There is no ‘dream’ – and there’s no such thing as a ‘table of brotherhood’. The dream is a description of America, in a faraway future, with equality for all people no matter the colour of their skin. He’s describing his hopes, his plans and his measures as if they were a dream. And the message is much more powerful because he uses that metaphor. Why?
Because who can argue with a dream? It describes something that hundreds of millions of people could aspire to and identify with. It’s a dream, after all. And the image of that dream rose up out of the steamy August heat that day and touched people all around the world. The dream created the possibility that the hundreds of legal, technical, judicial, social and political changes needed to deliver equality might be possible. It was a dream, not a plan.
Useful metaphors simplify and reduce ideas to their base metals. This one was gold. And it works exactly the same way in business. Find the right metaphor and the idea will stick like honey to a badger’s snout.
How to add metaphor
A metaphor is often, as in the Martin Luther King example, really useful to grab your audience’s attention right at the start of your speech. You can use metaphor to simplify and elevate your ideas above the practical, and to the emotional. Particularly in business, where so much of what gets said is dead. Free of emotion and meaning. Here’s an example to illustrate.
I was working with a woman at a big law firm in the UK. She was leading a massive programme of change in a very conservative business. It was hard, and her team of 50 were getting frustrated with all of the work they were putting in without seeming to be making progress.
She’d written a presentation for the team ‘off-site’, and it was a worthy and detailed presentation about all that had been done, and all that was left still to do. But it lacked impact. It lacked that central ‘Big Idea’ that we talk about so much on here. It would fail to do what she wanted to do, which was lift the teams spirit, heads and eyes to a more hopeful future.
We chatted about how she might do this, and then, as so often happens, in conversation, she said this:
“You know, it’s like we’re all on one of those old Roman Slave ships. Where the people in chains are rowing, and the slave master bangs the drum, and we all pull in time…”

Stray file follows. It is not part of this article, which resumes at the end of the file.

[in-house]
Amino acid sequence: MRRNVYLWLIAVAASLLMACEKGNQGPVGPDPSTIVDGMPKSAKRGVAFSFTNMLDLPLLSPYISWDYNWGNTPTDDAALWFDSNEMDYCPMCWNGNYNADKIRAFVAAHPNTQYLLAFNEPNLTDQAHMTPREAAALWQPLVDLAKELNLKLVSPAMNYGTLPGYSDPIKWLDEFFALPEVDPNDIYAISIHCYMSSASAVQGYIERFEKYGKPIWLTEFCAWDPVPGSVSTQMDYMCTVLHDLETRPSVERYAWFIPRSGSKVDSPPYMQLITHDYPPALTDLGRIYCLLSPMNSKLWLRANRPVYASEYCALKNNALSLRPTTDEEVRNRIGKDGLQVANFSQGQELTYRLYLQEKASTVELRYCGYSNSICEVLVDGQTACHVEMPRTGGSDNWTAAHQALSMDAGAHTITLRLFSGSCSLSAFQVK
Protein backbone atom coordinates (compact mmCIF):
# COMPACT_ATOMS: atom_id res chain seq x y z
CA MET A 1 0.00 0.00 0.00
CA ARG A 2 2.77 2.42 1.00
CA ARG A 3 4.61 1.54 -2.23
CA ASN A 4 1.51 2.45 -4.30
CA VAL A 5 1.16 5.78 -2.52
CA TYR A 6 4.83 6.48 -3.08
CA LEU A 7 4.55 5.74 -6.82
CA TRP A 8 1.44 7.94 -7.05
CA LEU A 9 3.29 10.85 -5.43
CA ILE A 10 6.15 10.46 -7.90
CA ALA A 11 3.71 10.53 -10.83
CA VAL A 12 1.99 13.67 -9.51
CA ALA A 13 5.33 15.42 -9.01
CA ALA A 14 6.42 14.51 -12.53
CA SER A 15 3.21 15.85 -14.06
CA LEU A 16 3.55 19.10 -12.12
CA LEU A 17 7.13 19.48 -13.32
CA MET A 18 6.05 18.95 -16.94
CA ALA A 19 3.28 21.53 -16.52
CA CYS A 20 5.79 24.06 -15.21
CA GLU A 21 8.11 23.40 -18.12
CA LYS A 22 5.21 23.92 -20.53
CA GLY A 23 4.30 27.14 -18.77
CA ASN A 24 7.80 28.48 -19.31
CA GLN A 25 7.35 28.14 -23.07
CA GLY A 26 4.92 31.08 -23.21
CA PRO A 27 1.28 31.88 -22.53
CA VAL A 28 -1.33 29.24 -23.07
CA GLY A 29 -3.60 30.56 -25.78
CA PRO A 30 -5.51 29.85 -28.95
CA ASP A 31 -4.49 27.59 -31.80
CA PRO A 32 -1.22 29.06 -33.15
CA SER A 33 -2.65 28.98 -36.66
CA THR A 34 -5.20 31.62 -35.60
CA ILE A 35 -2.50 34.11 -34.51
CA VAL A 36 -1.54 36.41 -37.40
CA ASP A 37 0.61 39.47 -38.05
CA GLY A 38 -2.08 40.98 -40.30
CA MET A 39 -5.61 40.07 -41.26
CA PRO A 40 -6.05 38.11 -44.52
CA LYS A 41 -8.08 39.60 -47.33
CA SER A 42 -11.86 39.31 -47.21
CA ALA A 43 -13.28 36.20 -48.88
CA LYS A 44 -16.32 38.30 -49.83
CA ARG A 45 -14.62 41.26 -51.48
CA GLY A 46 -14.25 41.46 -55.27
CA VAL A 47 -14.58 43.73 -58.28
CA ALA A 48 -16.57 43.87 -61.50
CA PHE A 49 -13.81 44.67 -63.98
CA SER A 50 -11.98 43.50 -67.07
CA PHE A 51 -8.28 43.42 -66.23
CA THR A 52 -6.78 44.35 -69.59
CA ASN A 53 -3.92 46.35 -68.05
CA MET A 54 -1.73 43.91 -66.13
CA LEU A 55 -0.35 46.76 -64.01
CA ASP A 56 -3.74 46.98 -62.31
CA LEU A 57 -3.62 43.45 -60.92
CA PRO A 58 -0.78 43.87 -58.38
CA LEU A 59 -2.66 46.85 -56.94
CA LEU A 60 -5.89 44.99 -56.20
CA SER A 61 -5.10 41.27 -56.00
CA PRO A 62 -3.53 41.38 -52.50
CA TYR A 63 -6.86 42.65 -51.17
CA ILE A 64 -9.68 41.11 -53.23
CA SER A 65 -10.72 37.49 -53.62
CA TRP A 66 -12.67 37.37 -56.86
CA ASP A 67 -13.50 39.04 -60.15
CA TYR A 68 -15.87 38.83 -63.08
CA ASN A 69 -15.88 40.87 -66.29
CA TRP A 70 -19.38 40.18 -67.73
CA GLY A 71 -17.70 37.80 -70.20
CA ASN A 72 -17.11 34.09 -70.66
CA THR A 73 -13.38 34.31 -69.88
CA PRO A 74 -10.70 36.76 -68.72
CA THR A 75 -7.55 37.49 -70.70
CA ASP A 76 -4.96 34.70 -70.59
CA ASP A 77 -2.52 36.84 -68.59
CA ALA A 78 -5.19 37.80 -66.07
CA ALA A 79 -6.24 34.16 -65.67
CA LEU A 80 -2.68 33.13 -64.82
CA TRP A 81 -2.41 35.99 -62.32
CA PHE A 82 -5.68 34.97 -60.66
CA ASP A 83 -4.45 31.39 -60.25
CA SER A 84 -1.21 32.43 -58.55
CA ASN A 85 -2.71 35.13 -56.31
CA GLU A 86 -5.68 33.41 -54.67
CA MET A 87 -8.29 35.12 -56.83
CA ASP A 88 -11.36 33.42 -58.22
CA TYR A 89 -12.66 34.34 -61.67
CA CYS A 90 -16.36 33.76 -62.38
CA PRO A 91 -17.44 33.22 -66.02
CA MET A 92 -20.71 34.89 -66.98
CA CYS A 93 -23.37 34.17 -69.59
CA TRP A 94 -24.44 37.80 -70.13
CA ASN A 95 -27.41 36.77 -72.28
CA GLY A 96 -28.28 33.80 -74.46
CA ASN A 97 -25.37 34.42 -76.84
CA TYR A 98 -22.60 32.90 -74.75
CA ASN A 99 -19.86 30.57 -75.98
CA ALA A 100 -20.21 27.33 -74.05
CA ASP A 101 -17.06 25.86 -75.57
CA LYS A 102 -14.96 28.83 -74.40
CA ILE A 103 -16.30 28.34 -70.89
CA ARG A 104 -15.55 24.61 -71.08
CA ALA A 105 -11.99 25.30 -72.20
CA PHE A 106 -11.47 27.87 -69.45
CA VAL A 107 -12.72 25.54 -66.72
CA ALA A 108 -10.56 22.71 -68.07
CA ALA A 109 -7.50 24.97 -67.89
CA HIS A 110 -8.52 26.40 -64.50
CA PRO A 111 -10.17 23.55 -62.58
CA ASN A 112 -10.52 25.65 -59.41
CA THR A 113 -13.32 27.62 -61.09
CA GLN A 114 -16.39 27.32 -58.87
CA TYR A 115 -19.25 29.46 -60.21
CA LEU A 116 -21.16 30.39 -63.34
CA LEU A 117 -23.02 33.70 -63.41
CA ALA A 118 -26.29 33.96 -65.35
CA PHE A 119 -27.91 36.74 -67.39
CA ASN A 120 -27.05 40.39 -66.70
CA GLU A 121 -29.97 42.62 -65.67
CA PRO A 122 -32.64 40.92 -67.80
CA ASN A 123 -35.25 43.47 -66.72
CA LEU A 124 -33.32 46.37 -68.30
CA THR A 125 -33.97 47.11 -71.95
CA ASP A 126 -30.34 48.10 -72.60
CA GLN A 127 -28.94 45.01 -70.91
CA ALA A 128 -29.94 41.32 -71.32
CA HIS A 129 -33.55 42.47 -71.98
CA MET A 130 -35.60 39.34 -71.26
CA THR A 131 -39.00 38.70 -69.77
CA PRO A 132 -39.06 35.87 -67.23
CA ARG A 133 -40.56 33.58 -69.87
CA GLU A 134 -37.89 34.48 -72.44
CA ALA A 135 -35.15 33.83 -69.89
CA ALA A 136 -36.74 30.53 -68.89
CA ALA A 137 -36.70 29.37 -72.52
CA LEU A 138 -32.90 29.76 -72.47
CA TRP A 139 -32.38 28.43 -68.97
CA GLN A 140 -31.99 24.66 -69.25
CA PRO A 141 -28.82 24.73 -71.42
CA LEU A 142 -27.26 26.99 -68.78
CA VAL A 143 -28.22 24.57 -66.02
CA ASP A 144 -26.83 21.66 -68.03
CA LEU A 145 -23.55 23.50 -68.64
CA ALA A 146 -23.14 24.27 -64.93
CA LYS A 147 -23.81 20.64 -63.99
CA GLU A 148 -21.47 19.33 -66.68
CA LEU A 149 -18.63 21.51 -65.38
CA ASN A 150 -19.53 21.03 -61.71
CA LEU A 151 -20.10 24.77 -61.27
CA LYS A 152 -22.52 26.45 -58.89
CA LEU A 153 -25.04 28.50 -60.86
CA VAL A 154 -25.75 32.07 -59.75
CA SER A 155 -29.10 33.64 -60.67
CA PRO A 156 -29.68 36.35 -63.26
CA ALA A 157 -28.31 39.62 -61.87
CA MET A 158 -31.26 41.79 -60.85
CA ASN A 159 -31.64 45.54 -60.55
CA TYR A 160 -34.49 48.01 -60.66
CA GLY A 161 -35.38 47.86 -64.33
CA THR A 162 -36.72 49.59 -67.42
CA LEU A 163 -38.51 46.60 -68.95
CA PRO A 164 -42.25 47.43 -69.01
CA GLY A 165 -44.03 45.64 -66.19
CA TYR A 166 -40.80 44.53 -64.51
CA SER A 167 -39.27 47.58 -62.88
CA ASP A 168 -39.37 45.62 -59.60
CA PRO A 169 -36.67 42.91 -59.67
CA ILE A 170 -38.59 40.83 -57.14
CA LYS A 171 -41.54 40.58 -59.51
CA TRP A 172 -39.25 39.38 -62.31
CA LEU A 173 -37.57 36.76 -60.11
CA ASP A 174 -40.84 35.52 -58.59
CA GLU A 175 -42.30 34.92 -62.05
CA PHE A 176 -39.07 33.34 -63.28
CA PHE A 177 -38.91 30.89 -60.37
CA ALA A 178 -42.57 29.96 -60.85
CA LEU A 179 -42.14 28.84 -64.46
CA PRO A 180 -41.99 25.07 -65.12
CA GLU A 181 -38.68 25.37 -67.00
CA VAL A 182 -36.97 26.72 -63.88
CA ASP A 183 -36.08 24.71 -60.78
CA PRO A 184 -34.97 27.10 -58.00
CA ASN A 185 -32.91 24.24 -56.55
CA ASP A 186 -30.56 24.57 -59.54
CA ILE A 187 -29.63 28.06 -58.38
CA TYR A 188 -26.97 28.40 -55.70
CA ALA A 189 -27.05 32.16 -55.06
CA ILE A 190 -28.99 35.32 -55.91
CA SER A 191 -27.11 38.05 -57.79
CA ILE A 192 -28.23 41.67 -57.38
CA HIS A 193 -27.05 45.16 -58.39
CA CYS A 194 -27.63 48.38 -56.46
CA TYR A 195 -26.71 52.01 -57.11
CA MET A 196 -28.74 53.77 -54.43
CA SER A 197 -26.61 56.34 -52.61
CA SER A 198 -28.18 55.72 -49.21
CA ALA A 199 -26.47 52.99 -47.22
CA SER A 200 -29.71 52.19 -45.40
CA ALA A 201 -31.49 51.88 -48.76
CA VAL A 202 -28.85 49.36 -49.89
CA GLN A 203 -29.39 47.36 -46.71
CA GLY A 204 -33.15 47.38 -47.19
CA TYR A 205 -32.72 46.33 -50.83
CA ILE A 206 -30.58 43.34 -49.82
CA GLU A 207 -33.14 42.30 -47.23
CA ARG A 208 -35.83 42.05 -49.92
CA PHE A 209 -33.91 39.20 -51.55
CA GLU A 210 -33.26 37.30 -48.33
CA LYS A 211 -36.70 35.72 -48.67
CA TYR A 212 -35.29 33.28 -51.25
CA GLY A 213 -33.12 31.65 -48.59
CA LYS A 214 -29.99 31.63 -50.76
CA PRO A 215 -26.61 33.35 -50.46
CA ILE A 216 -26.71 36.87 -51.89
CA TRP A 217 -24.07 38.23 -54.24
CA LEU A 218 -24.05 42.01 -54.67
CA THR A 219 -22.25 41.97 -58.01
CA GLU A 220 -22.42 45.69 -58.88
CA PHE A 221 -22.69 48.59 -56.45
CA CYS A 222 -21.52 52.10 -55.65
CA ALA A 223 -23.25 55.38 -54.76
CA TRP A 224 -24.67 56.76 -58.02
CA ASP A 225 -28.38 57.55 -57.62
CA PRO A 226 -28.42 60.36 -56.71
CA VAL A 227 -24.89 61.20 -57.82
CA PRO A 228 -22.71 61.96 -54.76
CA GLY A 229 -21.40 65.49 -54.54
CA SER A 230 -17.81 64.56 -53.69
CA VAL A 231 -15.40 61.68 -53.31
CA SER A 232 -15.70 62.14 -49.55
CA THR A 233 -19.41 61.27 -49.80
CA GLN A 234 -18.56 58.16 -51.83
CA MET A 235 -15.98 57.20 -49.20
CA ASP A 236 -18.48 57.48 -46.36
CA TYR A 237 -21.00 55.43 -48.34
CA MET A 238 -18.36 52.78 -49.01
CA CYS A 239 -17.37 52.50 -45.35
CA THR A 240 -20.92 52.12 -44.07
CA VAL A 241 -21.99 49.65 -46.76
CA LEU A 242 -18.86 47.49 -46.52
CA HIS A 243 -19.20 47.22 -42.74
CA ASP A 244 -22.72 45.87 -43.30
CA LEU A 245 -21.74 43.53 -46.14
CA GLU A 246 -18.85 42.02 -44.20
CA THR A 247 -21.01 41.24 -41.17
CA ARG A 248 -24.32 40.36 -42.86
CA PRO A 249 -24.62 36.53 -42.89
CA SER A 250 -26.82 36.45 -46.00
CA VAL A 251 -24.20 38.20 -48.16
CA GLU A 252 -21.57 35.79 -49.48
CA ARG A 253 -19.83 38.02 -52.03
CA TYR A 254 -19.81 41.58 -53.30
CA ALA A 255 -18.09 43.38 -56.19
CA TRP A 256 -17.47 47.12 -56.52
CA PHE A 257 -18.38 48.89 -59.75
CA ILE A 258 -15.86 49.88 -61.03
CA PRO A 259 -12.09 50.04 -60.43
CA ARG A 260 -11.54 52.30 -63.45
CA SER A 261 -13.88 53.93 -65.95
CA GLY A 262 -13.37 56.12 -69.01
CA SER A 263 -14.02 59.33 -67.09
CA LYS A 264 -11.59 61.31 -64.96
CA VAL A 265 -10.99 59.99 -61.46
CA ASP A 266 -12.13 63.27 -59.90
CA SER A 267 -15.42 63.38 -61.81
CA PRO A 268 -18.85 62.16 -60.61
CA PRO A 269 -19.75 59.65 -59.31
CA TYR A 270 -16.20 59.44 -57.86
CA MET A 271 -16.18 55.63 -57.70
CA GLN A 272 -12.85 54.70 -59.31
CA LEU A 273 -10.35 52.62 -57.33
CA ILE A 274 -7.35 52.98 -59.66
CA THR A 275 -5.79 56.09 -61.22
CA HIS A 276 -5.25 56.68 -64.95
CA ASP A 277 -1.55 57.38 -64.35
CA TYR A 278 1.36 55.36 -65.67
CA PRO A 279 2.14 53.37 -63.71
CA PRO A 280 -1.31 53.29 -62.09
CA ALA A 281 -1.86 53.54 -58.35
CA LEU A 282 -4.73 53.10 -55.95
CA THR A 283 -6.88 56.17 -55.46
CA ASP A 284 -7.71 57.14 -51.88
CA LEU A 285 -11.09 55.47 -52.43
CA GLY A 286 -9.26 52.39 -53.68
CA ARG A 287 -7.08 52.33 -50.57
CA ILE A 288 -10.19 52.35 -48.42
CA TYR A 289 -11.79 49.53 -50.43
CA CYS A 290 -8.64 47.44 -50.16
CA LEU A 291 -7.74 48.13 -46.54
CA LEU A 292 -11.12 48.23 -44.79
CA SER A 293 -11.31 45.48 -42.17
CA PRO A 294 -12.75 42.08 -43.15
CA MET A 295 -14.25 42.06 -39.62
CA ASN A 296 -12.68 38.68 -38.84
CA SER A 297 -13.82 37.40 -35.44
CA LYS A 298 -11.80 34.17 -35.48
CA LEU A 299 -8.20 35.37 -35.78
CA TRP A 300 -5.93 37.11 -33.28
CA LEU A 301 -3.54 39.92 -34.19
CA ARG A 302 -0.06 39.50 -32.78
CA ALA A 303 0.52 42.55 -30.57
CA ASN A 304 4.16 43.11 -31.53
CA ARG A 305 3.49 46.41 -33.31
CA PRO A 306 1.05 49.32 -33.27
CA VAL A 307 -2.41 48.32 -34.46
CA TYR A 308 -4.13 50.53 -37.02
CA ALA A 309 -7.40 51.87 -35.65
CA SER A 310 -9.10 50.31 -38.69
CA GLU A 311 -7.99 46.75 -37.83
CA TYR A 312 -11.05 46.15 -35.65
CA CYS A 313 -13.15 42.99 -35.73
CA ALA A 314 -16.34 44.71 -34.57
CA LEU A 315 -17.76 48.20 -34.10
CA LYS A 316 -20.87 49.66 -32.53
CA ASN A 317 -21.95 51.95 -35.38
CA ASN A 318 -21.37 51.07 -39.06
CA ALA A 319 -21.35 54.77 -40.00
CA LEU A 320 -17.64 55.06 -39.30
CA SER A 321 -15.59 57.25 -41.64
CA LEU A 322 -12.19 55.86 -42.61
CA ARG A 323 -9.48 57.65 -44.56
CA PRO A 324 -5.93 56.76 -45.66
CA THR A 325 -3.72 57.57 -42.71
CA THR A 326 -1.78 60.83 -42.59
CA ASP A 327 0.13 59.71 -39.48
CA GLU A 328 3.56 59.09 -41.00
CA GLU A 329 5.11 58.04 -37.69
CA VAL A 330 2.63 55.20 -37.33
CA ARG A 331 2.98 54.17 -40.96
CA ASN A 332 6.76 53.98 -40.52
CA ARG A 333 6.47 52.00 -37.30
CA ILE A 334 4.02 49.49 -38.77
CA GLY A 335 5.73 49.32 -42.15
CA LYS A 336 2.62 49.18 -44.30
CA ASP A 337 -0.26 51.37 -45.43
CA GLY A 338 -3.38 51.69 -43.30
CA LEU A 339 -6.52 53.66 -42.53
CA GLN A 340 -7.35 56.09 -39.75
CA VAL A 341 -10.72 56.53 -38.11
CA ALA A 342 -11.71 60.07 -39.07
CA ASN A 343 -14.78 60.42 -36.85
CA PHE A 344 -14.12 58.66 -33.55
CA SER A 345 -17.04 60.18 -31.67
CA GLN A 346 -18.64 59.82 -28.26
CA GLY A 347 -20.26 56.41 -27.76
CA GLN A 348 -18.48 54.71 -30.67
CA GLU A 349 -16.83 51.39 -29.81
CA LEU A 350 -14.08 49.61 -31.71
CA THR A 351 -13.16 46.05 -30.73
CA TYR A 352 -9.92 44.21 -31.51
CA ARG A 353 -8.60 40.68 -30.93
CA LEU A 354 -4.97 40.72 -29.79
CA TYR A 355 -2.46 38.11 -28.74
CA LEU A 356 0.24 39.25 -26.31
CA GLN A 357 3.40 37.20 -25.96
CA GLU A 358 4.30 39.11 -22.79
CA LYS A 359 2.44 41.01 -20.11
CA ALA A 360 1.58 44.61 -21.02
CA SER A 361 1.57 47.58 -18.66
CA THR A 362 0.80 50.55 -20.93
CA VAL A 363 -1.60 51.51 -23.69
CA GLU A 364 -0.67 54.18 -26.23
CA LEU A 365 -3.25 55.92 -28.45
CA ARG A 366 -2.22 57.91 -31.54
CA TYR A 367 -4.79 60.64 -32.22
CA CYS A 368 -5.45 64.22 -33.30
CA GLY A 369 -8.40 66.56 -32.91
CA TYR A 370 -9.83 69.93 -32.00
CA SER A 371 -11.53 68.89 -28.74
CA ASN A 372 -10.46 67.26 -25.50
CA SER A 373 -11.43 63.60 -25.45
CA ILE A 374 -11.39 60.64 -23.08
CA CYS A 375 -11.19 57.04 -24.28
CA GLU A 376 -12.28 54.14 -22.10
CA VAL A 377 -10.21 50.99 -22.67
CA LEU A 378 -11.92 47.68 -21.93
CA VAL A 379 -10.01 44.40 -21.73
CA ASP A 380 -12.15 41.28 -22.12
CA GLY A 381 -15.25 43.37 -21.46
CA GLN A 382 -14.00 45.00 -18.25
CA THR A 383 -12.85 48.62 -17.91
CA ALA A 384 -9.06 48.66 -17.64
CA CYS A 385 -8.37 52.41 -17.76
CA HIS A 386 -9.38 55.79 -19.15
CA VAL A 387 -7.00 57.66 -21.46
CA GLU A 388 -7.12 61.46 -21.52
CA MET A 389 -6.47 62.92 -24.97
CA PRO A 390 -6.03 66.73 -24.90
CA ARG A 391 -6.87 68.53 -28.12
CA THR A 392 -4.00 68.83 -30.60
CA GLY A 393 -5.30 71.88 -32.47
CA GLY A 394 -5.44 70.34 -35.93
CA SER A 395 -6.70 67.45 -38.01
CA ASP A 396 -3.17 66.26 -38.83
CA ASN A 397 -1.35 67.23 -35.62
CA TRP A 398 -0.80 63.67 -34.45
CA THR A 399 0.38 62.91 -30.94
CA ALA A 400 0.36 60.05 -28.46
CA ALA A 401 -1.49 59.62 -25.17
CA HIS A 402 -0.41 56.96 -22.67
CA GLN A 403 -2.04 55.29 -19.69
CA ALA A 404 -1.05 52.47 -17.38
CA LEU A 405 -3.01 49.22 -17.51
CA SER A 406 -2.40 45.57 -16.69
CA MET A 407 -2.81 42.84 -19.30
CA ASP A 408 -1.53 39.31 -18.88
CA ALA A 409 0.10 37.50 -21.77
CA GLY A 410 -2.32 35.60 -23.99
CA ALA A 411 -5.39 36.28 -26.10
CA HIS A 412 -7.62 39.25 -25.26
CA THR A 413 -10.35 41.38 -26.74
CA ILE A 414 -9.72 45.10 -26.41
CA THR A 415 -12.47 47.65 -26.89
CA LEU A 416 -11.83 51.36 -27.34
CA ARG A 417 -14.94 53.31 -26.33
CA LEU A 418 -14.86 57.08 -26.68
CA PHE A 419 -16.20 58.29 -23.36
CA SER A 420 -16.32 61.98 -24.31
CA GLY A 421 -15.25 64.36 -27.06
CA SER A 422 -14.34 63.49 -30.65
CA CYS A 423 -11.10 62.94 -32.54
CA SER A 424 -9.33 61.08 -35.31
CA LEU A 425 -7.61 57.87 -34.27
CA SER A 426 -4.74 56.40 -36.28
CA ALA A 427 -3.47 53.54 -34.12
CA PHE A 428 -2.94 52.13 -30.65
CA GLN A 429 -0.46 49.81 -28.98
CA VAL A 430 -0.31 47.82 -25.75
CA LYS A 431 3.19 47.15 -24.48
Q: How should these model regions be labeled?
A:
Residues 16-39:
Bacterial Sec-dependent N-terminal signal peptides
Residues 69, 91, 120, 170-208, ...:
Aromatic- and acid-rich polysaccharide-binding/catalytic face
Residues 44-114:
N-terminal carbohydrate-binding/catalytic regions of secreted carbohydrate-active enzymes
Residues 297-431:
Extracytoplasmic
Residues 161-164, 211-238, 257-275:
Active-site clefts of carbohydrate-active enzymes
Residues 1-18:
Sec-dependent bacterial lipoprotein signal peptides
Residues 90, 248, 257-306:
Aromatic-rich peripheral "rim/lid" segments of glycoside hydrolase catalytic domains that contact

She hesitated, and laughed,
“..but on this ship there’s 20 slave masters banging different drums, and all of us on the oars are facing in different directions…”
I laughed. It was brilliant image. I could see it clearly in my mind. It came naturally from her, and it represented everything to her about the challenge ahead and the feeling of powerlessness, wasted energy and pointlessness that had begun to overwhelm her and her team. That’s the metaphor that she used to frame the whole presentation from there on in.
That metaphor was a simplification, and an exaggeration, but it worked for that team, in that occasion and as she started her speech she said,
“I was thinking of all the work you’ve done, all the effort you have put in over the last year, and I started thinking about how it feels to be a part of this team today. You remember the Roman Slave ships…”
She had them at the word ‘slave’. They laughed and nodded, and listened as she explained the metaphor just as she had done to me, but she went on to say,
“But there’s a major difference here. We’re not slaves, and we can do something about all of this, and in my talk today I’m going to show you how we can turn this ship around…”
And she did. Every sensible, practical bit of her presentation showed what she and her team could do to ‘turn the ship around’ but suddenly the overarching theme, the metaphor, brought it all together. It was inspiring. Her people laughed, groaned and engaged with their leader because, right at the start, she showed them that she understood.